9 Ways to Save on Back to School
Here are 9 ways to get A+ savings this year.
Africa-Studio/ShutterstockAccording to the National Retail Federation, families with children in elementary through high school will spend an average of $690 this year, for a total of $29.5 billion—that’s 8 percent more than last year. There are ways to save on back-to-school items, if you plan ahead and don’t stray from your list. Here are 9 ways to get A+ savings this year for kids in elementary through high school, plus some money-saving tips for the college-bound.
1. Take inventory.
Go through drawers and cabinets to scrounge up the supplies you already have. Look for wear and tear on lunch boxes and backpacks to see if they’re reusable, and get your kids to try on all their clothes so you don’t need to buy a whole new wardrobe.
2. Get the school’s list.
Many schools put out a list of required supplies and sometimes these mention what the school provides (less and less these days), so don’t duplicate spending. It’s useful for planning a budget, but check with your students’ teachers too to make sure the list matches up and doesn’t include “recommended” (i.e., not really necessary) items, or items specific to classes your child isn’t taking.
3. Sign up for savings.
Most sites will send you special deals if you sign up for alerts or even like their Facebook page. Look for deals at department and big-box stores and figure out your shopping strategy. You may be able to get additional savings by asking your favorite stores to price-match their competitors.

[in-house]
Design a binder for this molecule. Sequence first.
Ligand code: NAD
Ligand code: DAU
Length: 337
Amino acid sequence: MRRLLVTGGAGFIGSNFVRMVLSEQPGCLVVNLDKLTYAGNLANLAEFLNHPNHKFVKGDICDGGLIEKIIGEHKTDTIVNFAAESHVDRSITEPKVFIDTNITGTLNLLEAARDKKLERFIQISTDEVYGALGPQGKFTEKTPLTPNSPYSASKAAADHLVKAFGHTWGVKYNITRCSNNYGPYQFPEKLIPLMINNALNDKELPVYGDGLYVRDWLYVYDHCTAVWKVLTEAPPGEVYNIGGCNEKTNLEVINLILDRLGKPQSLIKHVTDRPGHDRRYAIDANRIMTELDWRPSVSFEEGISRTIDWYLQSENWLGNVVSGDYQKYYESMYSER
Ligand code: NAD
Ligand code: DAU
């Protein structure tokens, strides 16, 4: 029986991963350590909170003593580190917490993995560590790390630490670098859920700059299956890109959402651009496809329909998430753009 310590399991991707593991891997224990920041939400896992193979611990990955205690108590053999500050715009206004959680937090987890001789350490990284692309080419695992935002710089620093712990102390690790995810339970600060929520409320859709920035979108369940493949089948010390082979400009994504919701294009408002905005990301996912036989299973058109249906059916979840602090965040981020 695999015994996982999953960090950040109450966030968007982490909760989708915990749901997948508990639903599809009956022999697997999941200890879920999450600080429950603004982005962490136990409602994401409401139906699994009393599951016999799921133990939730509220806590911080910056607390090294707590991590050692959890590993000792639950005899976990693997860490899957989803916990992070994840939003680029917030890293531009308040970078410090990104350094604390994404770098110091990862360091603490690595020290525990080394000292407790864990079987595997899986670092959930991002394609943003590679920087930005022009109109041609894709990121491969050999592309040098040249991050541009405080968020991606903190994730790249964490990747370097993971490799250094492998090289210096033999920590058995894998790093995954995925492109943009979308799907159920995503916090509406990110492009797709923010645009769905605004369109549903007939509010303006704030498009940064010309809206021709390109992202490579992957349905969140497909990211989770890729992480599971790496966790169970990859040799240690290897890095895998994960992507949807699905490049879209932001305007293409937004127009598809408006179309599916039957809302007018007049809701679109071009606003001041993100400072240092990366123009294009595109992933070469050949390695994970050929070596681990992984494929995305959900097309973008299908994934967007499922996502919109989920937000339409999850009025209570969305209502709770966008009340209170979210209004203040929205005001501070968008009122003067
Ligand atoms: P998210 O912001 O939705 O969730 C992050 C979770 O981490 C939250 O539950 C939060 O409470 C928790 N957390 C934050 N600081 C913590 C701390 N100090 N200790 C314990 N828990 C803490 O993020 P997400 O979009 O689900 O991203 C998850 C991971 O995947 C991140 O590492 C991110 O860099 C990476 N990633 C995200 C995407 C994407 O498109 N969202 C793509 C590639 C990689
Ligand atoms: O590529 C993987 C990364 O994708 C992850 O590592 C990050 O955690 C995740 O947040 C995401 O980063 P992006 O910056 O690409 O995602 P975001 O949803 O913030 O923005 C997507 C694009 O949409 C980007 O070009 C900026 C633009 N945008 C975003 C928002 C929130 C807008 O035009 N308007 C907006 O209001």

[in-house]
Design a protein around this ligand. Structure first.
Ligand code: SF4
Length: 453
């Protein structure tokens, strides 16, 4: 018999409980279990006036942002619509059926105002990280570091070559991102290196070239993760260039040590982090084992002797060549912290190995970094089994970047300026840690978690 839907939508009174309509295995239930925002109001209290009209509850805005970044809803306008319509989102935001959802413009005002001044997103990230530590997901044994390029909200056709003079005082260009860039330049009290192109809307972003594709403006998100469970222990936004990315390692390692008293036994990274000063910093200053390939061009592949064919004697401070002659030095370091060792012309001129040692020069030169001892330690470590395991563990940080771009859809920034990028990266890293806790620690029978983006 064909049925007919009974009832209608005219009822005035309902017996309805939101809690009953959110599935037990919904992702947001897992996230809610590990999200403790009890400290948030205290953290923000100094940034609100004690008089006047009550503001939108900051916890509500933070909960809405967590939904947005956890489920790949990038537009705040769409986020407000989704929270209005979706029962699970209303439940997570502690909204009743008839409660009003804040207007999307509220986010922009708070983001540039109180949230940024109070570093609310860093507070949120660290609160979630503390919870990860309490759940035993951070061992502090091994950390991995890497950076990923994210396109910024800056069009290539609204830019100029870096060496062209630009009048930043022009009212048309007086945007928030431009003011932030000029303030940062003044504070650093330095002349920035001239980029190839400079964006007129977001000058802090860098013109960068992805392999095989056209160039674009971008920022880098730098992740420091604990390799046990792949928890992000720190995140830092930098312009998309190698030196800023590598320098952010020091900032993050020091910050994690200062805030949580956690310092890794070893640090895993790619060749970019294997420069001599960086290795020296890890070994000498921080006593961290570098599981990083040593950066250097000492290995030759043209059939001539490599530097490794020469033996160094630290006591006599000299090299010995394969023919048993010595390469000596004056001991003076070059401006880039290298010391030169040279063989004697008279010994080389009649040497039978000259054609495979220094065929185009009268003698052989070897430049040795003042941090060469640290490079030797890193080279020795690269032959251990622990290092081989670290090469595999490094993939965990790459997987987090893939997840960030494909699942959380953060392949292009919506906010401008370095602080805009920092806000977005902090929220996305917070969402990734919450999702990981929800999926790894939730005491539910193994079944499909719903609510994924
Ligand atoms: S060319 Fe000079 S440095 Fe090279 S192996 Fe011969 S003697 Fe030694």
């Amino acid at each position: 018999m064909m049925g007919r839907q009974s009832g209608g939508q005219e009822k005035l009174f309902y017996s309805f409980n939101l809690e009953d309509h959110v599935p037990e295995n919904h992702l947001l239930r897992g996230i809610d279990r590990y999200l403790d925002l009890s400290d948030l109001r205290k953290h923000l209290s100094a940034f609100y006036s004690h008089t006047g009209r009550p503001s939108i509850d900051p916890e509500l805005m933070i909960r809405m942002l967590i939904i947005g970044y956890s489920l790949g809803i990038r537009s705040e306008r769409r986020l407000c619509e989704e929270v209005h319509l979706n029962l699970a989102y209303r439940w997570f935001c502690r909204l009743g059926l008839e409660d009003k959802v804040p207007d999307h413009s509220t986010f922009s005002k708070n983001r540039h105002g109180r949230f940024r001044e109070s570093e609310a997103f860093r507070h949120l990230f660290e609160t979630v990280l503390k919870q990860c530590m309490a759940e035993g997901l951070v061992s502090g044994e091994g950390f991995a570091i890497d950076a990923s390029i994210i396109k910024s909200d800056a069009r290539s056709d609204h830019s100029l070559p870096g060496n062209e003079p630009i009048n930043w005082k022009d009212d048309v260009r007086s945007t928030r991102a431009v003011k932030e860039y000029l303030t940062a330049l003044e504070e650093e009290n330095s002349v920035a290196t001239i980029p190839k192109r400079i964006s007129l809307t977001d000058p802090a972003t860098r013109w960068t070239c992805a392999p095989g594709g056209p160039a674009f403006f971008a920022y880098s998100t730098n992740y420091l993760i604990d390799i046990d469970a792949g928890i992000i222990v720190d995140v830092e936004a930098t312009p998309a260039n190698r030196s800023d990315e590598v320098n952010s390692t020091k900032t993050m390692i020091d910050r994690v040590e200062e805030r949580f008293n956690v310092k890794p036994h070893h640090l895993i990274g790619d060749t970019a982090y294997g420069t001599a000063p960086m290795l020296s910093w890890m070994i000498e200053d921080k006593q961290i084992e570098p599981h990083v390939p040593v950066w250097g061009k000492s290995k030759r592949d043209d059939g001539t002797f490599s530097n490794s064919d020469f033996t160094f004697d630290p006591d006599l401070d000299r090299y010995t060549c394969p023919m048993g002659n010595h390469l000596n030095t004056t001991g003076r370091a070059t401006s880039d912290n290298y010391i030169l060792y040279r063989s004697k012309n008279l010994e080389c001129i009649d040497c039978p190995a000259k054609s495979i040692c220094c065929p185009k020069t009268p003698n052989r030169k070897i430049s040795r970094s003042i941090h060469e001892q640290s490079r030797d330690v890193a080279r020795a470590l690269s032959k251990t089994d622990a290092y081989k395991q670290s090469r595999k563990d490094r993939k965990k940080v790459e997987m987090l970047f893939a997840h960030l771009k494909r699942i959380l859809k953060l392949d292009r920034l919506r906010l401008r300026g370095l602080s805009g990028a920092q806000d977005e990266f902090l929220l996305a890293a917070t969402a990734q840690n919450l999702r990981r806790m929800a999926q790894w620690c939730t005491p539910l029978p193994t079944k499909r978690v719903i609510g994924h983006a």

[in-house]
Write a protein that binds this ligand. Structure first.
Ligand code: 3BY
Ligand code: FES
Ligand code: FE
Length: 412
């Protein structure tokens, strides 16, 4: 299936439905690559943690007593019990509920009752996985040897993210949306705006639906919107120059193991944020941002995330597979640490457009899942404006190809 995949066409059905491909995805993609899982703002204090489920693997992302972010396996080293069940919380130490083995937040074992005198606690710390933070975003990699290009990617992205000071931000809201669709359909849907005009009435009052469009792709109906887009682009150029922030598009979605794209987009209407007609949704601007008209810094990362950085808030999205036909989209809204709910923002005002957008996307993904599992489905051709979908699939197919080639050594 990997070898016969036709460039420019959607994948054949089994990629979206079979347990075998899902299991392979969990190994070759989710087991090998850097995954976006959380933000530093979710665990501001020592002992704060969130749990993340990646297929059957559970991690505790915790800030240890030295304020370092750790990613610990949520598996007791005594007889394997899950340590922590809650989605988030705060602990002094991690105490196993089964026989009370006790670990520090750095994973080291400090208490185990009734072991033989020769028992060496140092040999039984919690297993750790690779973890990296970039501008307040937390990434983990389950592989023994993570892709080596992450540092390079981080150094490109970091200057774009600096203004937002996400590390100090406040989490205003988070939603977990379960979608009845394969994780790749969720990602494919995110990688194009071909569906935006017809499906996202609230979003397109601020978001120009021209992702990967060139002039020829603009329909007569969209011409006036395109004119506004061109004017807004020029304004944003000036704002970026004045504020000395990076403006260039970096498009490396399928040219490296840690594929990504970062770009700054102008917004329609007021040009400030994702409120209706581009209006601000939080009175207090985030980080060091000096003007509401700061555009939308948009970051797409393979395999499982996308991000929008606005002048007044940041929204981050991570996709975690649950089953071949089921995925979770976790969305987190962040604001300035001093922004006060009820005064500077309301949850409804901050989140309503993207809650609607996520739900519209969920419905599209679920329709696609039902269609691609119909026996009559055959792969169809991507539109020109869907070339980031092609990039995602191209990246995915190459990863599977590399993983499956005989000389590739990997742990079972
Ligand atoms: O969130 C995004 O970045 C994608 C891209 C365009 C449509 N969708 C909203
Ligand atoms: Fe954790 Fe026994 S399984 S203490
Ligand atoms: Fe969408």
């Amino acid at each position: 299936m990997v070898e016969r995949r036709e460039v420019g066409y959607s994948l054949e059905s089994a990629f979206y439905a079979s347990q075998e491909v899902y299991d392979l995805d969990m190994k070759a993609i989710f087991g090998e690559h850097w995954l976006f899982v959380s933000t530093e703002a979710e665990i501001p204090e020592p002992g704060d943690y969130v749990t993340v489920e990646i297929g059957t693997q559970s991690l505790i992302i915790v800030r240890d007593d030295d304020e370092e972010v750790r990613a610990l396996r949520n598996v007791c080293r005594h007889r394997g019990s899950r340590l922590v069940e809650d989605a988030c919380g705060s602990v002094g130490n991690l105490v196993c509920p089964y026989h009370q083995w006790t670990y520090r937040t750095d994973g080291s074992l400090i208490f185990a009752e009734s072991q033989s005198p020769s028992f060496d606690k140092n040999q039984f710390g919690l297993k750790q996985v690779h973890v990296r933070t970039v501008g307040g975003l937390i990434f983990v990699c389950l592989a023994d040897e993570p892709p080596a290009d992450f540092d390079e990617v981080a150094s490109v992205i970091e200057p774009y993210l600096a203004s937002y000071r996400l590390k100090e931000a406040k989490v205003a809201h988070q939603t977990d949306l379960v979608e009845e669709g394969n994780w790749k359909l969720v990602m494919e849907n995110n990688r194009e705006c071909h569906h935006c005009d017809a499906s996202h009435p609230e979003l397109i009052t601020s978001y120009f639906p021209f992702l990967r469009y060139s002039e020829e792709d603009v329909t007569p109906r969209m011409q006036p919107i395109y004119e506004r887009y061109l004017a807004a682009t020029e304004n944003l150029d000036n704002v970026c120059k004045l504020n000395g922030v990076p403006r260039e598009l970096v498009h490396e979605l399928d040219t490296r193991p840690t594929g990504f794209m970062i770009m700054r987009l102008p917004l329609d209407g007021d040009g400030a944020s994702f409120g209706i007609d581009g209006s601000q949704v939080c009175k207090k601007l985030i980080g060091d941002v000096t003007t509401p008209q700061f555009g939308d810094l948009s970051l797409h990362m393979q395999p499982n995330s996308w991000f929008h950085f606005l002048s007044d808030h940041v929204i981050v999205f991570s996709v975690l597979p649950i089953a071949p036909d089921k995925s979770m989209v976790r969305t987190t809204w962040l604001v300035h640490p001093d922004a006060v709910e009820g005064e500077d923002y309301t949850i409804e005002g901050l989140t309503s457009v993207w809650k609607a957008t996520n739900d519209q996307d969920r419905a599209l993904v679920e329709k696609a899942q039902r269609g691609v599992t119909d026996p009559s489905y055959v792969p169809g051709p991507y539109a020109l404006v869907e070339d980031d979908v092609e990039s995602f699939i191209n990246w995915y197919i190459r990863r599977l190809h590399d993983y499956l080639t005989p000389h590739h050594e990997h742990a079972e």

4. Check prices online.
Depending on what you need, your best bet may be buying online. Try price comparisons at PriceGrabber, Google Product Search, and Amazon as well as retailer sites. Don’t forget to look for student discounts and coupon codes.
5. Buy in bulk and bundles.
Look for values in combo deals and larger packages. Sometimes spending more up front is the best way to save in the long run. And while we know you’re not the one going back to school, don’t shy away from doing a little math to figure out the unit price – make sure you’re actually getting a bargain.
6. Take advantage of tax holidays.
Several states offer sales tax-free weekends on certain goods in July or August. Be sure to look up a list of the year’s tax holidays to find details.
7. Look off the beaten path.
If buying used is OK, there are more options than you might think. Don’t overlook yard sales, and nonprofits like The Salvation Army and Goodwill. Pay it forward to those groups (or other church and community drives) by donating what your kids can’t use anymore.
8. Reward your children.
If your children aren’t psyched about reusing last year’s lunchbox or want brand-name clothes, get them into finding the best deals by giving them a finder’s fee. Failing that, ask them to do extra chores and help out however they can in exchange for a few bucks toward the higher end school wares they’re coveting.
9. Shop throughout the year.
If you want the best prices, never stop paying attention. While the National Retail Federation says back-to-school shopping is the second biggest consumer spending event after the holidays, the best sales are rarely the most publicized or popular ones.